[Haskell-cafe] is proof by testing possible?
ekirpichov at gmail.com
Mon Oct 12 13:55:20 EDT 2009
It is possible for functions with compact domain, not just finite.
2009/10/12 Joe Fredette <jfredett at gmail.com>:
> In general? No- If we had an implementation of the `sin` function, how can
> testing a finite number of points along it determine
> if that implementation is correct for every point?
> For specific functions (particularly those with finite domain), it is
> possible. If you know the 'correct' output of every input, then testing each
> input and ensuring correct output will work. Consider the definition of the
> `not` function on booleans. The domain only has two elements (True and
> False) and the range has only two outputs (True and False), so if I test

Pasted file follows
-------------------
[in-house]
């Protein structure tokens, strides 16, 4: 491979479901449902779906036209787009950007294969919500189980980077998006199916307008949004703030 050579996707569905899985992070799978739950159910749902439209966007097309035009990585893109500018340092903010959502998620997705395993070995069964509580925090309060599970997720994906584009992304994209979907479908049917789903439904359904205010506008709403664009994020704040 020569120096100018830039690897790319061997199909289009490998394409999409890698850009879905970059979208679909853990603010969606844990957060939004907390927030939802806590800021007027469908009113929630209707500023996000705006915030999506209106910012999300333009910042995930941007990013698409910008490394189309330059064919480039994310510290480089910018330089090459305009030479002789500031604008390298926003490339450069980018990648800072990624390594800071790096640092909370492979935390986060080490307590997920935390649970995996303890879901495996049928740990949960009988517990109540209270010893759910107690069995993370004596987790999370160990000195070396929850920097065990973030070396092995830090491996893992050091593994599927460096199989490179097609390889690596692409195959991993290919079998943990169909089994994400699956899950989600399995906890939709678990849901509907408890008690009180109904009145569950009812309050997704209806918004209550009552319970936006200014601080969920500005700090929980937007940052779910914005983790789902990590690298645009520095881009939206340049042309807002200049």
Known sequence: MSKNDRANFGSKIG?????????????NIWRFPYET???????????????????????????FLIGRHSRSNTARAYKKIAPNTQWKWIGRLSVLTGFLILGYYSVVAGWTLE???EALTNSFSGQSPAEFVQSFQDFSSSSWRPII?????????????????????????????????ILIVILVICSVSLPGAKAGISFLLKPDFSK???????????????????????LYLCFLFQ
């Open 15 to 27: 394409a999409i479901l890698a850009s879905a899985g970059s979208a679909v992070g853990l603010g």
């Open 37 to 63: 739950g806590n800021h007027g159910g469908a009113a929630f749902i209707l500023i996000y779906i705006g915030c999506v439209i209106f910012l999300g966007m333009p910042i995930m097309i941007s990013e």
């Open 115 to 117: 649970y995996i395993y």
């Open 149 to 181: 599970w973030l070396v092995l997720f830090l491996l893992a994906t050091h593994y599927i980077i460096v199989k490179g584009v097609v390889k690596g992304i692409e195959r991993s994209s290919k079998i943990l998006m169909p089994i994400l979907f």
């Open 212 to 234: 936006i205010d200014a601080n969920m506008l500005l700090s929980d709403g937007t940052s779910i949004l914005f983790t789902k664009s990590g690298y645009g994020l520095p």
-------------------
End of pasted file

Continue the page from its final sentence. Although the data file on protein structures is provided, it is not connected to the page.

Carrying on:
> every input, and insure it maps appropriately to the specified output, we're
> all set.
> Basically, if you can write your function as a big case statement that
> covers the whole domain, and that domain is finite, then the function can be
> tested to prove it's correctness.
> Now, I should think the Muad'Dib would know that, perhaps you should go back
> to studying with the Mentats. :)
> On Oct 12, 2009, at 1:42 PM, muad wrote:
>> Is it possible to prove correctness of a functions by testing it? I think
>> tests would have to be constructed by inspecting the shape of the function
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